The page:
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Horse Articles :: Clipping a Horse

Clipping a Horse

There's a chill in the air and winter is imminent. And just like peanut butter goes with jelly, winter goes hand-in-hand with the age-old question: should I clip my horse, or blanket him?

This is a tough questions, and there is no hard-and-fast rule. The right answer to the question is very individual.

So let's start with the easiest population first. If you are planning on laying your horse off during the winter—in other words, if winter spells vacation and the most arduous thing your horse does during the winter is eat and sleep and maybe walk a few steps from here to there—the answer is simple. Let your horse's coat grow. Without interference, the thick, heavy coat most horses grow naturally should keep him nice and warm during the winter months, providing he is just spending time in the barn and pasture.

If you choose to let your horse's coat grow, whether or not he requires extra blankets will depend upon your horse. Heartier, warm-blooded breeds like the Morgan might only need blanketing in the most inclement of weather, while cold-blooded, thin-skinned breeds like the Thoroughbred will almost certainly need extra blankets.

Now, if your horse works during the winter, you'll have to think more carefully about whether you clip him or blanket him. Why? Well, no matter how cold the weather the horse's thick winter coat will cause him to sweat during work. What is the result? A wet coat. Think about yourself for a second, and how you feel after a few hours of arduous play in the snow. You come inside all sweaty and wet, right? And doesn't it feel great to take all those wet clothes off? Well, the horse has no such option. He's stuck with his coat! And a horse who stands around in a wet coat is risking illness.

So what to do? If your horse is working during the winter months, it is smart to clip him. But, you say, there are so many clips! Which one to choose? Well, that depends upon how much your horse sweats and the amount of work he's been given. A good way to go is to start with the most basic clip and go from there.

To simplify, the five clips, in order from most basic to most complicated, are: the pony clip, the trace clip, the blanket clip, the hunter clip, and the full clip.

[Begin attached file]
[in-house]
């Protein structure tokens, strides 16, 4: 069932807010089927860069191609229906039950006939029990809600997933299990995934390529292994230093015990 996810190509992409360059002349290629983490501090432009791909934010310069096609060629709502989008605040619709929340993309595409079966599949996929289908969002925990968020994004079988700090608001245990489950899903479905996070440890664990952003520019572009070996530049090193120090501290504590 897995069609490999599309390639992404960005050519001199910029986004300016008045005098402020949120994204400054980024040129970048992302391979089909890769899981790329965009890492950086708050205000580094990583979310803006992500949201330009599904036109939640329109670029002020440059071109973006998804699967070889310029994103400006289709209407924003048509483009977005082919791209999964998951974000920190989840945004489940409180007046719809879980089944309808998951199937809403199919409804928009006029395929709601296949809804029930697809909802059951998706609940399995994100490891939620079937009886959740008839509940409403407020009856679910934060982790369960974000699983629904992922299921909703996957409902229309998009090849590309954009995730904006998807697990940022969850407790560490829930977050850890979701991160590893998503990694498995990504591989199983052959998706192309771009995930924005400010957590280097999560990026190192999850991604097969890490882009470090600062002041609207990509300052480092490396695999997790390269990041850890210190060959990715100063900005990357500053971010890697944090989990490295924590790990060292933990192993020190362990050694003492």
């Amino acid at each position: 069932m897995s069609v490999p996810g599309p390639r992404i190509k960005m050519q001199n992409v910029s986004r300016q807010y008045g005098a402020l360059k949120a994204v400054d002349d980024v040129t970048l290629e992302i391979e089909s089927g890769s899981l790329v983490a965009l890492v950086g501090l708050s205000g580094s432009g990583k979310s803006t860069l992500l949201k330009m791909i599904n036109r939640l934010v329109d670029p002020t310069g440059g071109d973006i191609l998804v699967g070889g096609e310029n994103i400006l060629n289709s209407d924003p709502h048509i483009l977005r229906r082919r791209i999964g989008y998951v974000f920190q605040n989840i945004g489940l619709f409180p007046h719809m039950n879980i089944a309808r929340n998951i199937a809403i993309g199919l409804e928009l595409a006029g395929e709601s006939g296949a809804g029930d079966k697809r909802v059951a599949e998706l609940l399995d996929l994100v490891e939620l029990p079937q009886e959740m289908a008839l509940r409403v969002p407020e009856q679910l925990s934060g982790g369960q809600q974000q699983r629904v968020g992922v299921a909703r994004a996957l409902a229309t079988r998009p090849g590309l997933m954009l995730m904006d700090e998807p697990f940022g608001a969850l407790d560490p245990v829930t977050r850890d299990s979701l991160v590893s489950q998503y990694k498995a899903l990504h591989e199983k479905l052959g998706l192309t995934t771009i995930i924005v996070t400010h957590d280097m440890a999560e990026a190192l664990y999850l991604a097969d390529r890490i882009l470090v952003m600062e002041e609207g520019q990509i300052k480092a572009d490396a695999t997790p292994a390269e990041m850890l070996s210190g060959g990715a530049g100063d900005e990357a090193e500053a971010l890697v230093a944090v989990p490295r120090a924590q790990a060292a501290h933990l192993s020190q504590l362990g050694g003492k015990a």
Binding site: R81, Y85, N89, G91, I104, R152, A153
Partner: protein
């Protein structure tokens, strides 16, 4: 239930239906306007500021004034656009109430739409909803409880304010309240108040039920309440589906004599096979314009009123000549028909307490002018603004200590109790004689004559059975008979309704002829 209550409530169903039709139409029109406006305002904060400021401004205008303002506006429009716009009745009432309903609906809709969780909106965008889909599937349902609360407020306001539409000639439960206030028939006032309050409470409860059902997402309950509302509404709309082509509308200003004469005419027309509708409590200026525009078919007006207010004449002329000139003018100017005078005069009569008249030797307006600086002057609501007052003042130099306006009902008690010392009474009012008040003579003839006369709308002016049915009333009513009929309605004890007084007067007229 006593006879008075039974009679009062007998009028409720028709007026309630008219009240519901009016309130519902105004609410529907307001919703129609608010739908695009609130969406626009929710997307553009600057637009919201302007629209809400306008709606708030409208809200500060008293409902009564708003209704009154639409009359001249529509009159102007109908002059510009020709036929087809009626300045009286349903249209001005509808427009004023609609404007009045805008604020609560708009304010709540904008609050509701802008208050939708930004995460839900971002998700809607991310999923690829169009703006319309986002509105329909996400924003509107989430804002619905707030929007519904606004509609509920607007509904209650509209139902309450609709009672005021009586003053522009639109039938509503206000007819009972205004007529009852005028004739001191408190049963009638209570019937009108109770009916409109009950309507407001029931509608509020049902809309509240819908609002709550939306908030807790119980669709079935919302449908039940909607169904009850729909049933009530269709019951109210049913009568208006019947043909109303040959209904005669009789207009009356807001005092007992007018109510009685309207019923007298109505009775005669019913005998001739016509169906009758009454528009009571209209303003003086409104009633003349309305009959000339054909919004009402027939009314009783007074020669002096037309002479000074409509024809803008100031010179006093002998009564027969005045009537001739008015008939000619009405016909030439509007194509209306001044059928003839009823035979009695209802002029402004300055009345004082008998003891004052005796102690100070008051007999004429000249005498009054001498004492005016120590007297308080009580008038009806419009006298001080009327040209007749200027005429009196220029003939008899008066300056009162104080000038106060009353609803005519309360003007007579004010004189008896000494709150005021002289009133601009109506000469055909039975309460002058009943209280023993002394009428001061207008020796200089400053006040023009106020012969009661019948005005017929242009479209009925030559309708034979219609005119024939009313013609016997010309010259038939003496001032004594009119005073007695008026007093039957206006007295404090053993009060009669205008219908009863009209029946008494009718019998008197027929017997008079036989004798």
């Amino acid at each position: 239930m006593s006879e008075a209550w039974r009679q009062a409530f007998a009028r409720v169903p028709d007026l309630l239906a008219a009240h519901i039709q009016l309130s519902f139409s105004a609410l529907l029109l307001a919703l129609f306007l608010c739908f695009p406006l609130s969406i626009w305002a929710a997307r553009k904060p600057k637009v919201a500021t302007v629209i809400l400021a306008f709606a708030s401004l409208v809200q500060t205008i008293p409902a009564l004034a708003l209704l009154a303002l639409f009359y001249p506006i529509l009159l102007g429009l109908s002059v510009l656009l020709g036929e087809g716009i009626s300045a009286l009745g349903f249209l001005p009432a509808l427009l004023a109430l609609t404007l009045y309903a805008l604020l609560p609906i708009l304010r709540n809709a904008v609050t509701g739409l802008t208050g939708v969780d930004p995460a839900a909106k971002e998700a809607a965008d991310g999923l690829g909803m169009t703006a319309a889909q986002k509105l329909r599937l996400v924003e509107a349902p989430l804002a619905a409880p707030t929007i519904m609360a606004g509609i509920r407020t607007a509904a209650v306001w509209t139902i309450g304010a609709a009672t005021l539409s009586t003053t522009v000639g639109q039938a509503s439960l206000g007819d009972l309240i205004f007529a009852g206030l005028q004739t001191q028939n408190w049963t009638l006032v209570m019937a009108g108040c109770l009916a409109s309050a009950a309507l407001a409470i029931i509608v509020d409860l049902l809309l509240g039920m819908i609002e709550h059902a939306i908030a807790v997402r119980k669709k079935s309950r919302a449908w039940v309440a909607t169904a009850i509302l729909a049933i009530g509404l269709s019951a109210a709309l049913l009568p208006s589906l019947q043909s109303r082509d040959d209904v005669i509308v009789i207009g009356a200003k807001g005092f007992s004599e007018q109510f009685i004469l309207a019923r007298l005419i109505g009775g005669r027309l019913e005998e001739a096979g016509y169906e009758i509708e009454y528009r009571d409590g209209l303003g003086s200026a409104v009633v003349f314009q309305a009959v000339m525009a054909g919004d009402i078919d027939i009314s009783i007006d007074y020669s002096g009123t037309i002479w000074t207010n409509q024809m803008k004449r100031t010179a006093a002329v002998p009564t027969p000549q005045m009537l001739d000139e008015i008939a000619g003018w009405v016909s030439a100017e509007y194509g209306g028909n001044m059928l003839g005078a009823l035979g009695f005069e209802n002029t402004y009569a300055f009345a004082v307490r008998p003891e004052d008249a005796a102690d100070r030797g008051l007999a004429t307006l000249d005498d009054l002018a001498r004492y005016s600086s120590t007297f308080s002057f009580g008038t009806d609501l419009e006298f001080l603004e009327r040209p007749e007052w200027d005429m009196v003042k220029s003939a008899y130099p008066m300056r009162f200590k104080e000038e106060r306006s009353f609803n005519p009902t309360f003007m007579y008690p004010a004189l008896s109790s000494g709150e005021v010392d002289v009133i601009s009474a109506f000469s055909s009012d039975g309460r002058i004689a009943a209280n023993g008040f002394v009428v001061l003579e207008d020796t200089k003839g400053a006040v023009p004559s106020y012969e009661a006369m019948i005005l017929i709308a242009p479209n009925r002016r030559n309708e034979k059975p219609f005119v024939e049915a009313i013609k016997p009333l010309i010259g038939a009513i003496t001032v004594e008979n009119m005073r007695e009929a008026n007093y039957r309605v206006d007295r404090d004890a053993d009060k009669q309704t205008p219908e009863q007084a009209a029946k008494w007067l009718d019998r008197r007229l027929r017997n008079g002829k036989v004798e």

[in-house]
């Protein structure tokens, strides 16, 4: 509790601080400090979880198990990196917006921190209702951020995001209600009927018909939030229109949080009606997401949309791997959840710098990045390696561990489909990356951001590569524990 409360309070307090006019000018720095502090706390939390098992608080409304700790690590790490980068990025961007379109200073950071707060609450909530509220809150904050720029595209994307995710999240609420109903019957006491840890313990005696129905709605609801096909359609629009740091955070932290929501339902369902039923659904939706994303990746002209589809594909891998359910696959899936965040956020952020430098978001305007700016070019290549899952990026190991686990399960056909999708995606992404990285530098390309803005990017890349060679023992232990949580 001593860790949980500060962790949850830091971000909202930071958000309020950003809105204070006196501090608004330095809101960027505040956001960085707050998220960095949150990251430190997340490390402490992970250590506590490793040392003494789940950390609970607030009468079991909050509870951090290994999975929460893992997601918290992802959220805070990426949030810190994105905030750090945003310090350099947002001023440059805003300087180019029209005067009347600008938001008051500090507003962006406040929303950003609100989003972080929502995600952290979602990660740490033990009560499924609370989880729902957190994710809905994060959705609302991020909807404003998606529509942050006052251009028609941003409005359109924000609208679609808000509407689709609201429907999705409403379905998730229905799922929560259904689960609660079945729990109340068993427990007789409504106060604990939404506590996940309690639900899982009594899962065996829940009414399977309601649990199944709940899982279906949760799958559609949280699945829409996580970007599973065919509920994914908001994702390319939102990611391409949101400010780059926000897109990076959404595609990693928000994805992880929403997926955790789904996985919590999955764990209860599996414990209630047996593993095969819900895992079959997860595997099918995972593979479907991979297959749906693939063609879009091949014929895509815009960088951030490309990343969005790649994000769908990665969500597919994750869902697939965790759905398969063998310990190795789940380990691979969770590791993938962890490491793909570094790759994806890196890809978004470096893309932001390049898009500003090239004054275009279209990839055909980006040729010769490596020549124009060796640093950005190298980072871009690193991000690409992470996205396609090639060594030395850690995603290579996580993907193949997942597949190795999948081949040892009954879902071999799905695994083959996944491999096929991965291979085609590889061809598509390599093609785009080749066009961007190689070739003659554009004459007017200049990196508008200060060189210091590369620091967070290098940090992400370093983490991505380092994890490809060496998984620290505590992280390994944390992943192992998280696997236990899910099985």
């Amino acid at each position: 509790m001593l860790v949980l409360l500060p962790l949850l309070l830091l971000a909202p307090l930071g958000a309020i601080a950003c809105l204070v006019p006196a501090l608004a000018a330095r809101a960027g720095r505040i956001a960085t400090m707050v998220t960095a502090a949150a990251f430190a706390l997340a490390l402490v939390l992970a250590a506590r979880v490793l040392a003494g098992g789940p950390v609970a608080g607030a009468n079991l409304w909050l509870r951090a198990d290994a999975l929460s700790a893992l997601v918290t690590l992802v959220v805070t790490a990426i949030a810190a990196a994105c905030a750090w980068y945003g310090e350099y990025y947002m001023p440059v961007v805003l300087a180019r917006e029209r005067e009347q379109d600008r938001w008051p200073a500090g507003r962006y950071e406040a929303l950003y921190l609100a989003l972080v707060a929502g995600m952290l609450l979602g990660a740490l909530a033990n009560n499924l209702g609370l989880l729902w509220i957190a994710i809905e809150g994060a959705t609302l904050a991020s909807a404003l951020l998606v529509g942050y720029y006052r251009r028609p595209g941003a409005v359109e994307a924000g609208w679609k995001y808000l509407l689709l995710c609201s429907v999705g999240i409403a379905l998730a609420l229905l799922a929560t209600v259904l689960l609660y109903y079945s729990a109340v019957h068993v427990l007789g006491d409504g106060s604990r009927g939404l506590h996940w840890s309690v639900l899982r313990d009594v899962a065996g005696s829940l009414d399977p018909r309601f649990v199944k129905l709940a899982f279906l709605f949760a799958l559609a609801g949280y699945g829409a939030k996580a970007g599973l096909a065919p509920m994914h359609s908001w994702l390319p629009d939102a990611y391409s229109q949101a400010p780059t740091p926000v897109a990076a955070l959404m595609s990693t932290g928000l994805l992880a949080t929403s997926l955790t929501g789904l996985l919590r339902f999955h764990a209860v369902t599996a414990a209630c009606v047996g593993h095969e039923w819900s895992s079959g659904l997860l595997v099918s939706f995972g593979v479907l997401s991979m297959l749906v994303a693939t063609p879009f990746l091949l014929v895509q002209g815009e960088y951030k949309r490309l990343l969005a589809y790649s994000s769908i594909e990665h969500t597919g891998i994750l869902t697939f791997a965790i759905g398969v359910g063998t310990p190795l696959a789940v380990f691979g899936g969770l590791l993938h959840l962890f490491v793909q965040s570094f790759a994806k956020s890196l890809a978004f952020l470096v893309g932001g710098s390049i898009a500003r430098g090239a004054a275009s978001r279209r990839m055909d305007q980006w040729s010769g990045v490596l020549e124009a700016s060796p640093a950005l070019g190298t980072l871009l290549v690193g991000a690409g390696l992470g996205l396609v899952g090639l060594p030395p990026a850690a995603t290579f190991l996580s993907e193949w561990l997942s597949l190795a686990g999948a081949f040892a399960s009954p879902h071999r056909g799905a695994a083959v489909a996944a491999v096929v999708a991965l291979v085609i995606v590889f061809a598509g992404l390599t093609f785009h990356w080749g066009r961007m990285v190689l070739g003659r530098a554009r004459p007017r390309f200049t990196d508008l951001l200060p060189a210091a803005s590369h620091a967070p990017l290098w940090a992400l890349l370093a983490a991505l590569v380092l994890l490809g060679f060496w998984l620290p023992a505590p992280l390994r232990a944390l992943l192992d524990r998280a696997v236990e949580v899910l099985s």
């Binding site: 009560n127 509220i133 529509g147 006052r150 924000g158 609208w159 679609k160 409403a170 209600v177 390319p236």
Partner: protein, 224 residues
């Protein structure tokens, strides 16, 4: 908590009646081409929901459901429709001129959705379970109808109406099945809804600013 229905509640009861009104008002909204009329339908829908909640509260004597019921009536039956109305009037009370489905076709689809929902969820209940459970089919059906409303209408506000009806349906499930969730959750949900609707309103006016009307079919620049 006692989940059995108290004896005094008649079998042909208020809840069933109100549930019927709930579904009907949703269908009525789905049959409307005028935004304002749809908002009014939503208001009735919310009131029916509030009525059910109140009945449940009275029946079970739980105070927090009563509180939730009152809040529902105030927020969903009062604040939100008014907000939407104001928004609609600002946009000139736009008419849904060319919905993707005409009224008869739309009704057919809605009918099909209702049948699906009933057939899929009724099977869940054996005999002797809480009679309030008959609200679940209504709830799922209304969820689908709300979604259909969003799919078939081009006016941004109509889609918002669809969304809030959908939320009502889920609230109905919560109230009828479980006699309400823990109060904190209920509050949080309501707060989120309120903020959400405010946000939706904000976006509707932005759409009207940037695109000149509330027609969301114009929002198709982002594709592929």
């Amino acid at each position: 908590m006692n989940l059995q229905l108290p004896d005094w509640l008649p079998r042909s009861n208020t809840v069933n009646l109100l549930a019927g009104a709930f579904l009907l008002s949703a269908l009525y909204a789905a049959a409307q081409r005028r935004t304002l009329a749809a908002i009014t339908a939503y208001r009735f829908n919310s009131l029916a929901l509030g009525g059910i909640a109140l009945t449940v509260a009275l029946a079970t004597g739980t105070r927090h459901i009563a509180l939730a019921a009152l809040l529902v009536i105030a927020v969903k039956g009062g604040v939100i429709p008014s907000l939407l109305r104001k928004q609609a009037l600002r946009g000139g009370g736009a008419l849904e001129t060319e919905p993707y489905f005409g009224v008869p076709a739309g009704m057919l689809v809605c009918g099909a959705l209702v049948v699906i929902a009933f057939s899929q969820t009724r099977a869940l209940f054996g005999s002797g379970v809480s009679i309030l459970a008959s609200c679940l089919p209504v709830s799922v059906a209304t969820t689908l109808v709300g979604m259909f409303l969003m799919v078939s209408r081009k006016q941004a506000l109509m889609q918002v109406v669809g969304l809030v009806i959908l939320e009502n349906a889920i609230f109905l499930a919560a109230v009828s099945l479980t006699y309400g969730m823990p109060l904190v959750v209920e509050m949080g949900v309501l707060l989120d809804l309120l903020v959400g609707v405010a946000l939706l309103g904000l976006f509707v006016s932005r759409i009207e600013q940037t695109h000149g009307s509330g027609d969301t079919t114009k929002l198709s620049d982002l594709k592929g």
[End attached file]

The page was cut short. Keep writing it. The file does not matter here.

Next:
In the pony clip hair is removed from the neck and chest, the areas that the horse sweats the most. In the trace clip, hair is removed from the underside of the neck and stomach. A "high" trace clip goes well up the horse's flanks, while a "low" trace clip ends lower on the horse's flanks. A blanket clip removes all the hair on the neck and flanks, but leaves a blanket-shaped area over the back and hindquarters. The legs remained unclipped as well. A hunter clip, usually reserved for horses in hard training, leaves hair only on the legs and saddle area. The most extreme clip, most often seen on show horses, is the full clip. This clip removes all hair from the horse's body.

If you choose to clip your horse, you will have to blanket your horse to make up for the loss of winter coat. But there are so many blankets on the market today. Which one is right for your horse? Easy! Any blanket that keeps your horse warm and dry, actually stays on, and isn't routinely shredded is the right blanket for your horse. Finding the right blanket is often done by trial and error; talk to others about what has worked on similar horses in similar climates, and go from there.

About the Author
Ron Petracek is the founder of Equine Internets vast 15 site classified and social network. You can view its amazing size here Http:// or to further your equine habit please visit our forum by clicking here and start posting Need to sell a horse or tack? place a free ad here and always the barn door in left open on purpose.










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